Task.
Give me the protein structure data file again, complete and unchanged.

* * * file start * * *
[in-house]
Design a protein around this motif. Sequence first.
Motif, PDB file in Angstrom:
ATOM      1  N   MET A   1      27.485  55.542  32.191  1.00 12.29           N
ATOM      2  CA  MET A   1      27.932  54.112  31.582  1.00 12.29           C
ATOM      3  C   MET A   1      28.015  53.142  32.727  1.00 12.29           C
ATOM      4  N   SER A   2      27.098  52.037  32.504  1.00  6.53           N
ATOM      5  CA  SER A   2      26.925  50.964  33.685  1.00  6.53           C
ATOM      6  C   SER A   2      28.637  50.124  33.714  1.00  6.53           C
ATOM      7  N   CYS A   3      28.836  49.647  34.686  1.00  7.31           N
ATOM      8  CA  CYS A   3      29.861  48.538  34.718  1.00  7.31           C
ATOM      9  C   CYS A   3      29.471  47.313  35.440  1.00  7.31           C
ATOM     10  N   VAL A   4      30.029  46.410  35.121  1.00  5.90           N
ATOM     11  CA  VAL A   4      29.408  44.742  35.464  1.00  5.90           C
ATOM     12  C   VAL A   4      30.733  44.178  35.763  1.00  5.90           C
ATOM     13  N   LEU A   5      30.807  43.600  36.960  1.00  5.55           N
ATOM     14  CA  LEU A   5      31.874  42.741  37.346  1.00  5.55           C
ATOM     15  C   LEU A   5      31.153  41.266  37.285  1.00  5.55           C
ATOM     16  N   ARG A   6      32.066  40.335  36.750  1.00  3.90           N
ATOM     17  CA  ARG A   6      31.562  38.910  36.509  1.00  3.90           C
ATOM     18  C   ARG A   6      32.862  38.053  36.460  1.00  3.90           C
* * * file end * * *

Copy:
[in-house]
Design a protein around this motif. Sequence first.
Motif, PDB file in Angstrom:
ATOM      1  N   MET A   1      27.485  55.542  32.191  1.00 12.29           N
ATOM      2  CA  MET A   1      27.932  54.112  31.582  1.00 12.29           C
ATOM      3  C   MET A   1      28.015  53.142  32.727  1.00 12.29           C
ATOM      4  N   SER A   2      27.098  52.037  32.504  1.00  6.53           N
ATOM      5  CA  SER A   2      26.925  50.964  33.685  1.00  6.53           C
ATOM      6  C   SER A   2      28.637  50.124  33.714  1.00  6.53           C
ATOM      7  N   CYS A   3      28.836  49.647  34.686  1.00  7.31           N
ATOM      8  CA  CYS A   3      29.861  48.538  34.718  1.00  7.31           C
ATOM      9  C   CYS A   3      29.471  47.313  35.440  1.00  7.31           C
ATOM     10  N   VAL A   4      30.029  46.410  35.121  1.00  5.90           N
ATOM     11  CA  VAL A   4      29.408  44.742  35.464  1.00  5.90           C
ATOM     12  C   VAL A   4      30.733  44.178  35.763  1.00  5.90           C
ATOM     13  N   LEU A   5      30.807  43.600  36.960  1.00  5.55           N
ATOM     14  CA  LEU A   5      31.874  42.741  37.346  1.00  5.55           C
ATOM     15  C   LEU A   5      31.153  41.266  37.285  1.00  5.55           C
ATOM     16  N   ARG A   6      32.066  40.335  36.750  1.00  3.90           N
ATOM     17  CA  ARG A   6      31.562  38.910  36.509  1.00  3.90           C
ATOM     18  C   ARG A   6      32.862  38.053  36.460  1.00  3.90           C